Corporate Blogging - Blog exploring new age / new ideas in Marketing and Marcom

Wednesday, October 19, 2005

IBMers resignation shows loyalty to employer and his principles

As a follow-up on this story that has captured quite a bit of attention - particularly outside the US, I wanted to share a really great post from Instapundit. After taking IBM a bit to task for allowing the employee to quit of his own accord, they've come back to say they think they were a bit harsh on IBM and provided a different view. They have posted an e-mail they received from an unidentified IBMer. I've quoted a couple of the paragraphs below...

"In fact Gaurav decided to resign because out of appreciation and a sense of loyalty to IBM. He wrote, "The second thing dear to me is IBM's well-being. IBM has been a good employer to me. I have no complaints about them. Even in light of these events, they did not pressurise me to go against my principles and hush the matter up. Yet, IBM was being dragged into this unnecessarily. It was being made a target of bizarre pressure tactics. If even one Thinkpad laptop was actually burnt, it would cause a lot of bad press and nuisance for IBM. So I did not want IBM's well-being to be compromised in any way."
"To me that is the big story, that any corporation can still inspire such loyalty in it's employees that they'd rather leave the company than see it get hurt is, these days, nothing short of wondrous. That there are still people like Gaurav Sabnis who stick to their principles, even when it means making the tough decisions, is marvelous. I'm sorry I never got a chance to meet the man, or work with him, as he's exactly the kind of person we need to keep."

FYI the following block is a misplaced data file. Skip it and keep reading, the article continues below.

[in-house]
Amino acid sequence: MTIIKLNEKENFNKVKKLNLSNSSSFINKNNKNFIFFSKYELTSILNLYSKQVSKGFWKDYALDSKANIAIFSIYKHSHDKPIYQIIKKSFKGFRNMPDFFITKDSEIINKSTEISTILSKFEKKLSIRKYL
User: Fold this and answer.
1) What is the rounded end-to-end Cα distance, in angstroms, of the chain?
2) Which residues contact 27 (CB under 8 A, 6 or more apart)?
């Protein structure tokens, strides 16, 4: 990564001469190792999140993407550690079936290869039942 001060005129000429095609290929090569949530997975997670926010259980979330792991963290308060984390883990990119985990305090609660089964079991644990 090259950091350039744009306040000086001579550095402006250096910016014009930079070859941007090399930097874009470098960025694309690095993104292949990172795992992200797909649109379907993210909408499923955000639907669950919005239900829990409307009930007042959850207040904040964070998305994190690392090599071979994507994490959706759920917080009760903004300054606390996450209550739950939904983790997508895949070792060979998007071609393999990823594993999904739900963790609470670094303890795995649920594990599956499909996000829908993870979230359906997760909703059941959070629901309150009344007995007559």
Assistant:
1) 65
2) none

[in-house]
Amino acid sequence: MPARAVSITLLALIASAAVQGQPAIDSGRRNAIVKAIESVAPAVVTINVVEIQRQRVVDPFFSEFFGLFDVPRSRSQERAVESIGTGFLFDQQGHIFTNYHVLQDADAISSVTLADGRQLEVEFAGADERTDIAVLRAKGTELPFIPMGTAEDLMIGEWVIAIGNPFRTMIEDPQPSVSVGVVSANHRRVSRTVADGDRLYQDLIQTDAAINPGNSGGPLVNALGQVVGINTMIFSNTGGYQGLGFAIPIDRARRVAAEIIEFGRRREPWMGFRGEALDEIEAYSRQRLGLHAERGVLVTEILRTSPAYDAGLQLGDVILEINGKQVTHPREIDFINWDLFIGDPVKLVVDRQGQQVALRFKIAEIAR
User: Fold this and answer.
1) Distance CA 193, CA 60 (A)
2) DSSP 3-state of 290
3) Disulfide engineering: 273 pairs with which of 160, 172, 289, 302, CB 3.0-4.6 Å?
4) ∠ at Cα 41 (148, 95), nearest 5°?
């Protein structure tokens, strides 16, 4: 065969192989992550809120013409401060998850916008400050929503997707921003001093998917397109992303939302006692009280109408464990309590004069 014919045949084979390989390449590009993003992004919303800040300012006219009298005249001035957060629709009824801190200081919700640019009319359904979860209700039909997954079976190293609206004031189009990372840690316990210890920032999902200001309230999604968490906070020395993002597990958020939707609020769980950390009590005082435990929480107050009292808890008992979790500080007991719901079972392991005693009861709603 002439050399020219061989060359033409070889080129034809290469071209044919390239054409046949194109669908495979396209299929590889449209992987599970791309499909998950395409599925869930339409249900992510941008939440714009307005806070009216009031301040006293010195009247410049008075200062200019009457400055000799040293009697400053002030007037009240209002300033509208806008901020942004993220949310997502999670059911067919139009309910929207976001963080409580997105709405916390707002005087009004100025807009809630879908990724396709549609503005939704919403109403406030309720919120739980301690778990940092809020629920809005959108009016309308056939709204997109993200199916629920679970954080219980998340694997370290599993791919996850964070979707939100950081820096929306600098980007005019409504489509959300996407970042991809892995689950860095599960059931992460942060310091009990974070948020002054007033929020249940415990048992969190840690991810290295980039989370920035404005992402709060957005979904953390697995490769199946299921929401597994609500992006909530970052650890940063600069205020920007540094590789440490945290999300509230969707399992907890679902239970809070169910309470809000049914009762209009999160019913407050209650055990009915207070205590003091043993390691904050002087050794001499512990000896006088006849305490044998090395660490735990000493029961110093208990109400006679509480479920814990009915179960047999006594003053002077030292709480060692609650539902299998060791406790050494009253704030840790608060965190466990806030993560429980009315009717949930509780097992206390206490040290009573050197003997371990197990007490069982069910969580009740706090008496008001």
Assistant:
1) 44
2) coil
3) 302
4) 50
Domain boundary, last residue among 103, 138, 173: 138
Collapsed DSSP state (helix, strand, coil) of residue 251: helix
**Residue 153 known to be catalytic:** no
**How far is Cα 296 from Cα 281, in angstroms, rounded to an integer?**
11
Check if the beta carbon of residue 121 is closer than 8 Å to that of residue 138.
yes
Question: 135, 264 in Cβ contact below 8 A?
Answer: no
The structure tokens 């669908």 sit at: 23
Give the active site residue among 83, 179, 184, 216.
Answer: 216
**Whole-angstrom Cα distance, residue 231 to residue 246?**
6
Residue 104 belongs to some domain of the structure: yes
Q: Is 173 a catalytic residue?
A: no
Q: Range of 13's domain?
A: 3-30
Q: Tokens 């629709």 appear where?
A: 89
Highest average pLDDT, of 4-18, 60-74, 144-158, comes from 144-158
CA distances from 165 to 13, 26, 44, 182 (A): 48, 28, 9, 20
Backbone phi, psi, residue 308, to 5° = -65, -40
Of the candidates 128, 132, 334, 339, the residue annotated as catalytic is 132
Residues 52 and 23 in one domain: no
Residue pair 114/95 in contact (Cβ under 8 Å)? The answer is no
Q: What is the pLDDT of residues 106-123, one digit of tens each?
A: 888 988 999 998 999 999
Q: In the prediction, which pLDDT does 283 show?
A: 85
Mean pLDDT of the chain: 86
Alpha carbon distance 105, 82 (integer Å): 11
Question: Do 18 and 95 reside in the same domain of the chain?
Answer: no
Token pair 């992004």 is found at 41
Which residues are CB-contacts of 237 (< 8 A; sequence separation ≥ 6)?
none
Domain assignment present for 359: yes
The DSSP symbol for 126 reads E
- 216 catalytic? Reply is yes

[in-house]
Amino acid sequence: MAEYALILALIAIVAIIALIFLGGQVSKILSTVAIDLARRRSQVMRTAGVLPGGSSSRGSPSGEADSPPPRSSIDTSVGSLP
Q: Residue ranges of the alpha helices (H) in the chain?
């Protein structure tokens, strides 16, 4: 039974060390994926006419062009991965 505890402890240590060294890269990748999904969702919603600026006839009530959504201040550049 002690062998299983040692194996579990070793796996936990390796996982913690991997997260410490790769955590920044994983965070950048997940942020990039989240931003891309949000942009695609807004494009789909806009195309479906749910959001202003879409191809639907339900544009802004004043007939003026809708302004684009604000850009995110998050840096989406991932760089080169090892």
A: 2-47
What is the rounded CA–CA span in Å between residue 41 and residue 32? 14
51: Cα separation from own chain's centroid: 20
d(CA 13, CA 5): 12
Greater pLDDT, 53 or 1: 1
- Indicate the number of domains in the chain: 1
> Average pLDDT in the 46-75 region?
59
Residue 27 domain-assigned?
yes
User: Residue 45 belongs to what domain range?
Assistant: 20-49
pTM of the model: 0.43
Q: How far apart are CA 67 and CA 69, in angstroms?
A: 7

I agree with this writer. According to Gaurav, he was asked by IBM not to leave and to rethink his decision to leave IBM. I am an IBMer and I do see that IBM seeks out people with the values demonstrated by Guarav and does try and keep people with those values at IBM.

I come back to the fact that this is "fun and games until someone gets their eye poked out". I am a self titled "blogvangelist" at IBM but this also makes me realize that not everyone everywhere is playing by the same rules and even more, it is sometimes hard to know the rules. My concern is that if it has thrown up a cautionary flag for me does it do so for others and does it make some people feel that it just isn't worth the risk to be playing in this "game". If so, it will stifle our open communications. That is a risk worth pondering.

Thanks for checking in with me.

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